If a recent Chrome OS update has broken your machine, you can use Crosh to undo the modifications and revert to an earlier version of the operating system.
All you have to do is type the Crosh command below and press Enter:
6. Stop Any Process in Crosh
Let’s say you wish to pause any background process in Crosh, such as a ping or a memory test. By using Ctrl + C, you can do so. This is a better and safer option than shutting the Crosh window entirely.
7. A Better Task Manager
Few people are aware that Chrome OS (as well as the Chrome browser on other platforms) has its own task manager. It displays which processes are consuming your CPU and memory. Open Chrome and go to More (three vertical dots) > More Tools > Task Manager to find it.
Even fewer people are aware that Chrome OS includes a hidden task manager called Crosh. It can be used to discover low-level processes that aren’t visible in the main task manager program. Simply type this cool little Crosh command to get to it.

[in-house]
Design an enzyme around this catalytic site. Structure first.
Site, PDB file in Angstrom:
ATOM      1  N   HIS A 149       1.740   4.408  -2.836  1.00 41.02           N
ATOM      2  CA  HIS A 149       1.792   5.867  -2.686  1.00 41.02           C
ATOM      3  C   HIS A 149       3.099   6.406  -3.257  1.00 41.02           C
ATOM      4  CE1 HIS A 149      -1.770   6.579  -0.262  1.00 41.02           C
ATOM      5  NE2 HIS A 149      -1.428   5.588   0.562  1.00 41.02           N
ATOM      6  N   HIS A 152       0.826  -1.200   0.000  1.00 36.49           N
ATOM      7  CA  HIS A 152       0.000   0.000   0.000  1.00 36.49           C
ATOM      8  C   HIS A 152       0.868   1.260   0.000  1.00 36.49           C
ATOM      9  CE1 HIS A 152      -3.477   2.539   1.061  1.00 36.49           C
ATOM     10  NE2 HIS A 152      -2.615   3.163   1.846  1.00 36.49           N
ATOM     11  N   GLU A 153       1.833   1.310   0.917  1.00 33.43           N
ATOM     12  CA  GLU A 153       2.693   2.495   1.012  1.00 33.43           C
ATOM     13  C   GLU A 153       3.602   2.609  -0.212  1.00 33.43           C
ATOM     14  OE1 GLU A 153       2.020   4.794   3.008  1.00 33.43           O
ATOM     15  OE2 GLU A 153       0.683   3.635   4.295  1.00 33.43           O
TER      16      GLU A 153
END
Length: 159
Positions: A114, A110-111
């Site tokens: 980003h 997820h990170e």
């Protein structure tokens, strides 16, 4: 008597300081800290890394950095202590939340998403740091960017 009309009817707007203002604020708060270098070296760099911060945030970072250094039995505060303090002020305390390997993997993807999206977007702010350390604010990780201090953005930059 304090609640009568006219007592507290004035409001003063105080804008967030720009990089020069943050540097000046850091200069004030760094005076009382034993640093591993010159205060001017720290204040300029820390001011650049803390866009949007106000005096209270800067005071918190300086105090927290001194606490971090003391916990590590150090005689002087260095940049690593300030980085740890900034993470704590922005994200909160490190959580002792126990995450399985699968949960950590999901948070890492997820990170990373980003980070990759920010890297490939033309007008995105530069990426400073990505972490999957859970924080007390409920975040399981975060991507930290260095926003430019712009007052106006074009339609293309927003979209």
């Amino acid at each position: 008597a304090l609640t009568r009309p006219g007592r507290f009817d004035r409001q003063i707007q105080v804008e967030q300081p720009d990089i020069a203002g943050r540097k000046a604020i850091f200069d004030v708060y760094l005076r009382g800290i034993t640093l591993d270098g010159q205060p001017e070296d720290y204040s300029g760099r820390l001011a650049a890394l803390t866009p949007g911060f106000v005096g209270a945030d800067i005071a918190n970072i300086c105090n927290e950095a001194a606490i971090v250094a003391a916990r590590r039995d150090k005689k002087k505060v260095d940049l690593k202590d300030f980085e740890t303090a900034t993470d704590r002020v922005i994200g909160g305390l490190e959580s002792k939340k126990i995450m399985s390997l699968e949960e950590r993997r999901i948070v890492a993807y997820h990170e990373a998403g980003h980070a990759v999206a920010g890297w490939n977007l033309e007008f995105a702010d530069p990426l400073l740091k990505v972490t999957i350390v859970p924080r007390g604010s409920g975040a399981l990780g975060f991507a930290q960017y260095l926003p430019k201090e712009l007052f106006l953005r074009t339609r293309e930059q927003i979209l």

8. Battery Management
Simply check towards the bottom right-hand corner of your Chromebook’s screen to see the headline battery stats.
If you want more information, use Crosh to write battery test [seconds] (replace [seconds] with a number). In the terminal, type the following command to test this command.
Crosh will show you how much battery power your computer consumed in the provided time period. As well as feedback on how much battery life you have left and how healthy your battery is.
9. Developer Mode Commands
Crosh does not require you to be a programmer. However, if Developer Mode is enabled, you will have access to three new commands:
- shell: Opens a full Bash shell
- systrace: Starts a system trace
- packet_capture: Captures and logs data packets
10. Users and Uptime
When was the last time your Chromebook was switched off? Between reboots, it could take days or even weeks.
You can find out how long your computer has been running since it was last shut down. You can use the command listed below. The findings will also include information on the currently logged-in individuals.
11. Change the Time
Do you have issues with the time display on your machine? Perhaps you reside on the border of two time zones or have an internet connection with a changing IP address.
You can modify the operating system’s time settings by using Crosh’s set time command. To alter the time, for example, use the following command: